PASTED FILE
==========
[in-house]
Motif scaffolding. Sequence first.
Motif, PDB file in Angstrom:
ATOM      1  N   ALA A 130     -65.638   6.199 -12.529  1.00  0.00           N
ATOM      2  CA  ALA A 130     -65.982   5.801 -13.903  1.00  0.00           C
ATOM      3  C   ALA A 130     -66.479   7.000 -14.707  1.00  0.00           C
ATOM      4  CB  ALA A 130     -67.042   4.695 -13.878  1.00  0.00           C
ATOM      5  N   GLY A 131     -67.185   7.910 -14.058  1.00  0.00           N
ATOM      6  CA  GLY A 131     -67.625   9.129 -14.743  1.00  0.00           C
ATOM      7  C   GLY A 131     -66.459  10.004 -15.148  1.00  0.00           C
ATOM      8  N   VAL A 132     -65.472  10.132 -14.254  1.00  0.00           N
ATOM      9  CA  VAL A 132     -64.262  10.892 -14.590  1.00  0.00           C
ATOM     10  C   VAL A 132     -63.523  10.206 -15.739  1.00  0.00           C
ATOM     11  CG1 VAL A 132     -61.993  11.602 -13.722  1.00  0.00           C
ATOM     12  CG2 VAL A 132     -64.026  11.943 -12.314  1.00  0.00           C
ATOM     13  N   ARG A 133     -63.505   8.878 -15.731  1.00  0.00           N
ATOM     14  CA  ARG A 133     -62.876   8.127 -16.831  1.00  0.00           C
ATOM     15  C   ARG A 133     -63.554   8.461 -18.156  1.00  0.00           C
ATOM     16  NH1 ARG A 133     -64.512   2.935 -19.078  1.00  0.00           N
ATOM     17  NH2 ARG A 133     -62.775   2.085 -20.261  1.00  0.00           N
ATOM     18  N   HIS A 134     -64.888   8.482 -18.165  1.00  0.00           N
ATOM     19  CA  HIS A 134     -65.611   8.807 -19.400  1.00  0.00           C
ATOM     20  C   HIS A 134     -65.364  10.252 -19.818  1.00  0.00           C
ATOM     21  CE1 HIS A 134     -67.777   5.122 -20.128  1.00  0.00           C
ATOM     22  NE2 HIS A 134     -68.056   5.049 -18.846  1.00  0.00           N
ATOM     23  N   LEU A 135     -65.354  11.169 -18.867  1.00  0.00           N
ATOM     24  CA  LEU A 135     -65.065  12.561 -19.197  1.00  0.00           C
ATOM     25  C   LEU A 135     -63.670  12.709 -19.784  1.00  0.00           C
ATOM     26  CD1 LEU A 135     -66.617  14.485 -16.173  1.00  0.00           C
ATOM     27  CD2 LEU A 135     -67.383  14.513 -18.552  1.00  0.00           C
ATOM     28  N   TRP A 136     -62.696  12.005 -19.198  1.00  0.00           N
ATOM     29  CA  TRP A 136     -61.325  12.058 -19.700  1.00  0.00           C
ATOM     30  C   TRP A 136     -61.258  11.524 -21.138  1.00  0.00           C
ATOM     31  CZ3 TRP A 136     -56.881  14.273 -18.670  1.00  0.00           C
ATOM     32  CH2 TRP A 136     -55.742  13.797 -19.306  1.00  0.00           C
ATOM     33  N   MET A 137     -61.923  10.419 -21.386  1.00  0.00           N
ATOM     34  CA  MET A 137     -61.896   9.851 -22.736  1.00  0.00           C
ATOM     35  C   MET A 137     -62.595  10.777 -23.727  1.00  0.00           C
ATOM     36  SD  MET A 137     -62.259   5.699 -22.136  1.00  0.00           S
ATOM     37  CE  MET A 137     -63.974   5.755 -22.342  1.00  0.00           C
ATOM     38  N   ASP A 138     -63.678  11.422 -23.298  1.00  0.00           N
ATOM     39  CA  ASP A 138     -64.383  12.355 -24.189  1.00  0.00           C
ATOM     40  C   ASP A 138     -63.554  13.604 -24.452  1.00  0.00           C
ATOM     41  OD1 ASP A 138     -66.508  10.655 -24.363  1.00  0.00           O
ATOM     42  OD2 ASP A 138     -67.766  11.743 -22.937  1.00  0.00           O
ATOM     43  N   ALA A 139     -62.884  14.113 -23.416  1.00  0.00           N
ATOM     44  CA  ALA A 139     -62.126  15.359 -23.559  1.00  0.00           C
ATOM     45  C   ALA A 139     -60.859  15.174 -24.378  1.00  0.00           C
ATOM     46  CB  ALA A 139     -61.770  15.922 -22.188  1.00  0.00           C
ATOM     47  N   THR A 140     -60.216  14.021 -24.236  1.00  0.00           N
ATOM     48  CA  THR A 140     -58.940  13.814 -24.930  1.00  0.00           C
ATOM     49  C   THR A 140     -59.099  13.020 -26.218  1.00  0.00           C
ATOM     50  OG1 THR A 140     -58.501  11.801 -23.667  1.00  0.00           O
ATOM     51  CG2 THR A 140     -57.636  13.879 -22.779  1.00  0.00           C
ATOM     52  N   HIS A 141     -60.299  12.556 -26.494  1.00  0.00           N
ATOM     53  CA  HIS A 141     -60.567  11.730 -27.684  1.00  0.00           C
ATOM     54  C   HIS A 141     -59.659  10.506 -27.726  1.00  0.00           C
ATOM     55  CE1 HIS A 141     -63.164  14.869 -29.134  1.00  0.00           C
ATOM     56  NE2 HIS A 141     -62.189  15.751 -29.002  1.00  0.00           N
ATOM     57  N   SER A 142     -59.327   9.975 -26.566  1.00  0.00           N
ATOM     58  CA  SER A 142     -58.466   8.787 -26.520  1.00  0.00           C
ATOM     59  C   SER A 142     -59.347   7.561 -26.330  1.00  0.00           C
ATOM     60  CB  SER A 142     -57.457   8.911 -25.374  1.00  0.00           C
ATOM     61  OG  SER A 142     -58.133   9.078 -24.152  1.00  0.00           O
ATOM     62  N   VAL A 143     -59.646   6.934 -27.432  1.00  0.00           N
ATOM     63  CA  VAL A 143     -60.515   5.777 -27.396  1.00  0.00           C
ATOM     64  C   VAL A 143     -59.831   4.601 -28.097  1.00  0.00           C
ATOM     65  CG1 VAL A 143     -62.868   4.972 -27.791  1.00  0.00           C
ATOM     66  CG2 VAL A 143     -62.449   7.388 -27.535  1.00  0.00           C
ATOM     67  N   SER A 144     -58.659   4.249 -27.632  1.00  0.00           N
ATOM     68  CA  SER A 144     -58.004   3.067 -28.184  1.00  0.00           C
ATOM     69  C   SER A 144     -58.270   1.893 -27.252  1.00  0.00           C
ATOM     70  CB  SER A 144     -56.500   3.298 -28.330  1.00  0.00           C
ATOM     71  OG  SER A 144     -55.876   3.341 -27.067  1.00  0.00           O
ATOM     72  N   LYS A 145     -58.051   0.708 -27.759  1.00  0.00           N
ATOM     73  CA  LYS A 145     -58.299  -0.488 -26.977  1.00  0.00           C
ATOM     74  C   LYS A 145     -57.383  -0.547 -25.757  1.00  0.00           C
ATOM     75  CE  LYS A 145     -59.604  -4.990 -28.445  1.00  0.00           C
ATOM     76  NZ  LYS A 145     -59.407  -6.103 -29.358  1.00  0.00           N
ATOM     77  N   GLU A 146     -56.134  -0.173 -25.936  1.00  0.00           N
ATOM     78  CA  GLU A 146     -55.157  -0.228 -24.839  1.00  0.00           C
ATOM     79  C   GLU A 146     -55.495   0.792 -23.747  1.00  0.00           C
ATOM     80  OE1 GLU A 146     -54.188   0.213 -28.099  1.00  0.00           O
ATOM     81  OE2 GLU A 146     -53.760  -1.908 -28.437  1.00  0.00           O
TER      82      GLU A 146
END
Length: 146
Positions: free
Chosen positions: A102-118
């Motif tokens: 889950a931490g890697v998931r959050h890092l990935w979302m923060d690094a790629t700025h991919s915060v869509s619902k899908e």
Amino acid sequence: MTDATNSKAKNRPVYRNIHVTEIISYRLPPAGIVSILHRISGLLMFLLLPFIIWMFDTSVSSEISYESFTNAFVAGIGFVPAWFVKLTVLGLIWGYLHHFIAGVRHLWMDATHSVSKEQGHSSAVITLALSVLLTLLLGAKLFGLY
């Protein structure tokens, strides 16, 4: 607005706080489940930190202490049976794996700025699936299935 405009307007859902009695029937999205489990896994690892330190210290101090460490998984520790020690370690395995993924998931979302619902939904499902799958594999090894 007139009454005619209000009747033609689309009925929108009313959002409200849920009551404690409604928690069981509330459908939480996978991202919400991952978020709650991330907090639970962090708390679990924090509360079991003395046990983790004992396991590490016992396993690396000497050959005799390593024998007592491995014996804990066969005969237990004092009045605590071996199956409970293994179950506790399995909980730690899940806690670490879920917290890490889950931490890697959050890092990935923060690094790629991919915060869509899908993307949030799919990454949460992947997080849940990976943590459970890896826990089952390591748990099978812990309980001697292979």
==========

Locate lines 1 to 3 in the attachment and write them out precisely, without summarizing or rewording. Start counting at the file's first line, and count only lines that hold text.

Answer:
[in-house]
Motif scaffolding. Sequence first.
Motif, PDB file in Angstrom: